Rick’s blog on telling the time evoked in me such an irrefragable desire to make my own mess about telling the time that I decided to put the mess in writing.
The way of telling the time has two main methods – the official one, giving the time of arrivals, departures and other official events which is a 24 hours system. It starts from midnight [00 hours] till the next midnight [24 hours] and it does not partition the day in am and pm [am = ante meridiem – before noon, pm = post meridiem – after noon.
And so, 8 in the morning is 8:00 hrs and 8:00 in the evening is 20:00 hrs, of course, we can give parts of the hour, for example: The meeting will be held at 13:25 hrs on Monday, 2nd of January this year.
The other, less official way of telling the time is based on 12 hours division of the day. This way of telling the time is most commonly used when speaking in everyday routines. It starts from midnight – 00 o’clock [the hour hand of the chronometer is set at number 12 on the clock face] till the digit 6 at the bottom of the clock face, in this partition we use am, for example:”Hey, guys, let’s meet at the pub tomorrow at 10:30 am [at ten thirty or half past ten in the morning/before noon] and have a talk and some beer,”
From the digit 6 to 12 we use pm, for example: „The boss wants us to stay at work today till 7 pm.”
This method of telling the time has some catches in it as there are many ways of telling the same time, for example, when we say the time at full hours, we can say – at two o’clock in the afternoon or in the afternoon at two o’clock sharp.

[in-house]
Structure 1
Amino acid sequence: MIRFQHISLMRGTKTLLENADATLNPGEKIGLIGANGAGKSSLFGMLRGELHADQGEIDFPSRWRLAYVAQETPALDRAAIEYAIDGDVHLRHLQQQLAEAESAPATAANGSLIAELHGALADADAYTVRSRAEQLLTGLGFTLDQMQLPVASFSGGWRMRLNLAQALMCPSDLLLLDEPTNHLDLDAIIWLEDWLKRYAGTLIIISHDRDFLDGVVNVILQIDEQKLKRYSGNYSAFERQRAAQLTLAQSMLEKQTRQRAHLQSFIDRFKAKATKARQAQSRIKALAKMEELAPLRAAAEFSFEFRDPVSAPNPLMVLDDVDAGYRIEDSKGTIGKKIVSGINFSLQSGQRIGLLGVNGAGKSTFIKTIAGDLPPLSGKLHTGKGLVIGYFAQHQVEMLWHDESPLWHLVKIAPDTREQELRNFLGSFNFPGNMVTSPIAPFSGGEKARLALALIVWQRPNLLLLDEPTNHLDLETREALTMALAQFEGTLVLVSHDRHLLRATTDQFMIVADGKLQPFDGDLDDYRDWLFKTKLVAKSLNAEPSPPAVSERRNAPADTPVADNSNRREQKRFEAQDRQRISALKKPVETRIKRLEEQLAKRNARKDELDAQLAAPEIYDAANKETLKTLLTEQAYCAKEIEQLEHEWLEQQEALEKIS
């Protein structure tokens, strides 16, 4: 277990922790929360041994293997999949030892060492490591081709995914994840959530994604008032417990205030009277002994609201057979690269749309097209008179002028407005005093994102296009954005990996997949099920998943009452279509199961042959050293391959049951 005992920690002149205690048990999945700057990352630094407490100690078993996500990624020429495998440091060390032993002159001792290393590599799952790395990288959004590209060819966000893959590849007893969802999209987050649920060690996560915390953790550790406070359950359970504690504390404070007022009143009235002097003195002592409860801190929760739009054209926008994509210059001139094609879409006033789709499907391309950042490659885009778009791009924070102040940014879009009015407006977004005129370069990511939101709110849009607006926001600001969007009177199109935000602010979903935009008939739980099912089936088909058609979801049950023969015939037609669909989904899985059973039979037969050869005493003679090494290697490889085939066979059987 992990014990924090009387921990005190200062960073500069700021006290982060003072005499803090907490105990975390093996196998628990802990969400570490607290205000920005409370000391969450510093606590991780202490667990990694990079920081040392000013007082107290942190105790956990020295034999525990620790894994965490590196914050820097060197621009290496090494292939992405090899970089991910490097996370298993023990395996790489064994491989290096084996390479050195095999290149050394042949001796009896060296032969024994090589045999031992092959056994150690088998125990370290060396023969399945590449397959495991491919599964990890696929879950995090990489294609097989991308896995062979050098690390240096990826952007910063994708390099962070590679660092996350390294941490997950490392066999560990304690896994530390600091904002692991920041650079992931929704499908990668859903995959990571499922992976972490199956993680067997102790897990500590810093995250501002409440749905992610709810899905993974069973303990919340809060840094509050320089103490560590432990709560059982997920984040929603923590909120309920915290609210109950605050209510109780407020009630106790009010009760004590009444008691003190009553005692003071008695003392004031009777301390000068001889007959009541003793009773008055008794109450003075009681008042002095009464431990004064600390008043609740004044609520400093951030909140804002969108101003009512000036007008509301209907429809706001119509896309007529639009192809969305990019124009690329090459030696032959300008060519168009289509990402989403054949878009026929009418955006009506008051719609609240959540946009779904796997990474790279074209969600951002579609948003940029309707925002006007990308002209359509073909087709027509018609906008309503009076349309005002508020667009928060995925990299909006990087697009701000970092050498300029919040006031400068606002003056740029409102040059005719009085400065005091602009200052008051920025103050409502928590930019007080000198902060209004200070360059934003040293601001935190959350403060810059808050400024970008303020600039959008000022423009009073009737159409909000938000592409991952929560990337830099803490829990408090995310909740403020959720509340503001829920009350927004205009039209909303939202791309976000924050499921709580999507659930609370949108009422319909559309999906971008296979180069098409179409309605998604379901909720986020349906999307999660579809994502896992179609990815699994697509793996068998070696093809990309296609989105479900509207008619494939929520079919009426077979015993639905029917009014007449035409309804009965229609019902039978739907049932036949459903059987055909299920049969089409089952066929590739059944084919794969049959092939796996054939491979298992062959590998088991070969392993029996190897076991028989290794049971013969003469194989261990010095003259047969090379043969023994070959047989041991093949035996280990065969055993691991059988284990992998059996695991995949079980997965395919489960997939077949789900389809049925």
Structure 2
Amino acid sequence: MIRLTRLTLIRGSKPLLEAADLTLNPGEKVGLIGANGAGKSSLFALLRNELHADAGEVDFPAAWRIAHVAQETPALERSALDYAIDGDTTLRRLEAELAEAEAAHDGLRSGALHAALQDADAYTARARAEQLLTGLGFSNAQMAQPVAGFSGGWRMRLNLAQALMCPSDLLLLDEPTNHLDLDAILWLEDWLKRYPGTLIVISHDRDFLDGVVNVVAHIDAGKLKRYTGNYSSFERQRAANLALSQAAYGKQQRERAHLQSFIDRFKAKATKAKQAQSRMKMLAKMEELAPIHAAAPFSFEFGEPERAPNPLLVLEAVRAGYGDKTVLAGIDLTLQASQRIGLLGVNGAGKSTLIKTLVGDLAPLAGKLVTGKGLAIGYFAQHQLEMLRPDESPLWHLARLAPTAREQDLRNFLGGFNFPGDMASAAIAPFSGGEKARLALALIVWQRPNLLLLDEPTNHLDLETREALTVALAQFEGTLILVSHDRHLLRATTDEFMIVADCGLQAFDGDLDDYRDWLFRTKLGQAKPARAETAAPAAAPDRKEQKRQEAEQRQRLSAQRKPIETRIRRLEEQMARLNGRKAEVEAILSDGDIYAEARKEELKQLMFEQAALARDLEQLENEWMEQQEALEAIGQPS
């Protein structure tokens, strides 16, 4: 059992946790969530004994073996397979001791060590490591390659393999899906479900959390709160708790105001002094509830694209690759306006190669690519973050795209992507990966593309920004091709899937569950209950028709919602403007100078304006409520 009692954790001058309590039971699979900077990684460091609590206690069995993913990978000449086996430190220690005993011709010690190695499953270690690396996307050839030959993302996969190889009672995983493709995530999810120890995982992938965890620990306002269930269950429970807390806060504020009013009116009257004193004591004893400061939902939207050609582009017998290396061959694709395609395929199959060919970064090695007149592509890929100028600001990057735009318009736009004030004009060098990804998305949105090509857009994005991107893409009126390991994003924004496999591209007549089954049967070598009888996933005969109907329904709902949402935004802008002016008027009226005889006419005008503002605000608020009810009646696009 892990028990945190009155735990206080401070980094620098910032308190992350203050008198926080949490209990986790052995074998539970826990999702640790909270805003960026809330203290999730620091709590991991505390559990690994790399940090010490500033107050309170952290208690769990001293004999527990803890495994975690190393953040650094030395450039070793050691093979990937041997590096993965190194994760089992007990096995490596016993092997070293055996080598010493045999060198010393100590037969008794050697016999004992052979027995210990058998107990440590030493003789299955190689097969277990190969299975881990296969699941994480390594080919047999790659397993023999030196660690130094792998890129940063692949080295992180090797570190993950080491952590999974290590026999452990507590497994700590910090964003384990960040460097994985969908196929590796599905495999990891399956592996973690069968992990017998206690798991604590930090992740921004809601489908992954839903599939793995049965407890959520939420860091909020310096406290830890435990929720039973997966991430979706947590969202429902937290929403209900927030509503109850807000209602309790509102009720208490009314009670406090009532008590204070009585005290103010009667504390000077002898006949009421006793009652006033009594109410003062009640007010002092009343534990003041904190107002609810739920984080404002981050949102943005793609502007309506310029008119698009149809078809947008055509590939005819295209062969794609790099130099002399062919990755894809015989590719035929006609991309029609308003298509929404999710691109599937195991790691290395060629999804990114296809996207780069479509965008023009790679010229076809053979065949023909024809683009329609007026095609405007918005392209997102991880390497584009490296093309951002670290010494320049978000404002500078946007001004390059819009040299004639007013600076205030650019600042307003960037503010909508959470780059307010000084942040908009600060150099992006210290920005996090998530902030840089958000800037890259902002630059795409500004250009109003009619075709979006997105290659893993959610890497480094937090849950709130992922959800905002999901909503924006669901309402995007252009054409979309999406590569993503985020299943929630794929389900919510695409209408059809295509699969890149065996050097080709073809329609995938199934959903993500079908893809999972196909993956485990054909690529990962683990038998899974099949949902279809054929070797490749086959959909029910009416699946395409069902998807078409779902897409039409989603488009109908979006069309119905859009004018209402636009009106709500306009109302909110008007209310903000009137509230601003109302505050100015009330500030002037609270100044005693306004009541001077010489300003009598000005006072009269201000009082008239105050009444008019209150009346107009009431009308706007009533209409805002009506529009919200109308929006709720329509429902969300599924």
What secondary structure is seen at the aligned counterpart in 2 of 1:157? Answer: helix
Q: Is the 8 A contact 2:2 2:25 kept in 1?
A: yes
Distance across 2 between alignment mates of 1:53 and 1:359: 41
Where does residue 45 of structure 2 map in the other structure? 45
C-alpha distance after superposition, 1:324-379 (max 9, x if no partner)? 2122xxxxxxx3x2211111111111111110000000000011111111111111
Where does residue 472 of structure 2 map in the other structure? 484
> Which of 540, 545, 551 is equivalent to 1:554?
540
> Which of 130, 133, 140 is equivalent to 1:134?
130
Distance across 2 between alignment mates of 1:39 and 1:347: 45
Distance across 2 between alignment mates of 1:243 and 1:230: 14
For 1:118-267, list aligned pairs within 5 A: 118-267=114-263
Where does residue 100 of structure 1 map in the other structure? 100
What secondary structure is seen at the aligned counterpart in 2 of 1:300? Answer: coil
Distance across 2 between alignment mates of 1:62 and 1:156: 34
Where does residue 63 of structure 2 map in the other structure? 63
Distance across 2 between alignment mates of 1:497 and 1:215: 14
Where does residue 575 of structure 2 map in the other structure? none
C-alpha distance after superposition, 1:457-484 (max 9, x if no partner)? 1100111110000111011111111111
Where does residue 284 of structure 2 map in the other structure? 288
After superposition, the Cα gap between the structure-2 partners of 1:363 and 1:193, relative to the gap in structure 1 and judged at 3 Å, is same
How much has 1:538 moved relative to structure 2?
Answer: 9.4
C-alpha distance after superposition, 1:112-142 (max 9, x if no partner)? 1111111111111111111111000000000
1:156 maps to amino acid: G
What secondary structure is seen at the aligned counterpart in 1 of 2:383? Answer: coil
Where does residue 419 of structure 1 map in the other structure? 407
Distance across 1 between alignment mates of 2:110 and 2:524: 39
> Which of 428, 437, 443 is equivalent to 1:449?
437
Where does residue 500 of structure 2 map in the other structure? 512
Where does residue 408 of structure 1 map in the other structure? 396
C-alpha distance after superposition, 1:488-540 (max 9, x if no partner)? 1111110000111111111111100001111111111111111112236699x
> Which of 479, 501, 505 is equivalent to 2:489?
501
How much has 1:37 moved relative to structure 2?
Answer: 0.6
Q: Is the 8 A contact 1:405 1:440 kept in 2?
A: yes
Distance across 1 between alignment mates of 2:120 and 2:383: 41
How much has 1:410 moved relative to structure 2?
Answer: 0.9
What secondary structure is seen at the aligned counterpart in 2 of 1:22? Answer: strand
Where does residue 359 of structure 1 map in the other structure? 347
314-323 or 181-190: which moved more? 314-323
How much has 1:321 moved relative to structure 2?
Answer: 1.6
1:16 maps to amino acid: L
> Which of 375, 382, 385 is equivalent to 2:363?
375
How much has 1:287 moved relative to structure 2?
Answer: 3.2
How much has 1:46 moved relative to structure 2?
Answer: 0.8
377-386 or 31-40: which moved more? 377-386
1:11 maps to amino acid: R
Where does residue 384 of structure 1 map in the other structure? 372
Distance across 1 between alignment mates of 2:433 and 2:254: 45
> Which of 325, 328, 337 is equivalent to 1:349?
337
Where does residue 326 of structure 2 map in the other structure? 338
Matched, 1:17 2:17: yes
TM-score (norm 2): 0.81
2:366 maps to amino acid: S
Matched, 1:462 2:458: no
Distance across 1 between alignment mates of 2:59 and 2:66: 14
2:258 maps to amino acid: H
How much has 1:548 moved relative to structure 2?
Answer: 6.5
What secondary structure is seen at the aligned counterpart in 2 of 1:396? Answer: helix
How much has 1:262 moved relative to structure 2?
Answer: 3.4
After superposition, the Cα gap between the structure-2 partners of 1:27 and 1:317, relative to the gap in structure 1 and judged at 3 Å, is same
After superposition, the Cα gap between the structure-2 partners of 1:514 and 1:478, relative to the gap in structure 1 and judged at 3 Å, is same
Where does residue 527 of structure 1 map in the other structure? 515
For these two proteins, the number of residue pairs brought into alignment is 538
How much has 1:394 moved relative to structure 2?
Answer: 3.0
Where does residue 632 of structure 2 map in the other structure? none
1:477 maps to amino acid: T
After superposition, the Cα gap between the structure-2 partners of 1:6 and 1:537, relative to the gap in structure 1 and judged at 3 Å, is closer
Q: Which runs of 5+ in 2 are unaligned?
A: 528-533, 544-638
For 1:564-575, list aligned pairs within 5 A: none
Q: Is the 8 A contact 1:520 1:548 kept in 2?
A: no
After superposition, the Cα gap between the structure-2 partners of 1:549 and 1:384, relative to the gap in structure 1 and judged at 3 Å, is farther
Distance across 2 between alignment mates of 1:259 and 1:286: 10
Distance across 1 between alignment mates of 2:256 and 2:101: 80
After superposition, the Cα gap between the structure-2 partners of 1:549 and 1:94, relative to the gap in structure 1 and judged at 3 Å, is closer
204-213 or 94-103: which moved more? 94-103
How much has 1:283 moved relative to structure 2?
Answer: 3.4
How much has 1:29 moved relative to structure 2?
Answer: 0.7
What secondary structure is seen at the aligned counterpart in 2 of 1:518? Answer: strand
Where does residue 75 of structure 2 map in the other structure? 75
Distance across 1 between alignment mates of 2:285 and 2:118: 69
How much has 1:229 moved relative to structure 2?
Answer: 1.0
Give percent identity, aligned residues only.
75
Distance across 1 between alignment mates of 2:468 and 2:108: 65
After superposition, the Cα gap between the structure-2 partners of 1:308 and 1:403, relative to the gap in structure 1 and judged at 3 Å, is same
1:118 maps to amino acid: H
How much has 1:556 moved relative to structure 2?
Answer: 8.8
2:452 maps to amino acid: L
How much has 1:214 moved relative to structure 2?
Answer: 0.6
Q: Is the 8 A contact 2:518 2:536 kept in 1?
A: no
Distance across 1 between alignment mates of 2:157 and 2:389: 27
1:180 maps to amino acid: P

But that’s not the end of the pitfalls awaiting the time teller, for example:
8:20 am or pm can be:
eight twenty or twenty past eight in the morning/in the afternoon
9:30 am or pm can be:
nine thirty or thirty past nine in the morning/in the afternoon
10:45 am or pm can be:
ten forty-five, a quarter to eleven - we should not say: three quarters past ten.
I am sure that you noticed that time form 12 to 6 is past a given hour and from 6 to 12 is to a given hour.
The next catch is telling the time when the minutes past the main hour is less than 10, the we say: 8:05 or 10:07 as eight oh five and ten, oh seven.
The old school advised to use minutes after the main hour if the clock hand is not on the hour digits, example:
00:06...six minutes past midnight
7:08 am…eight minutes past seven in the morning or seven, oh eight in the morning
Of course, the same goes for time in the afternoon.
Please take notice that the last part of the blog refers to the 12 hours partition of the day.
LOL...hope I have successfully confused you all.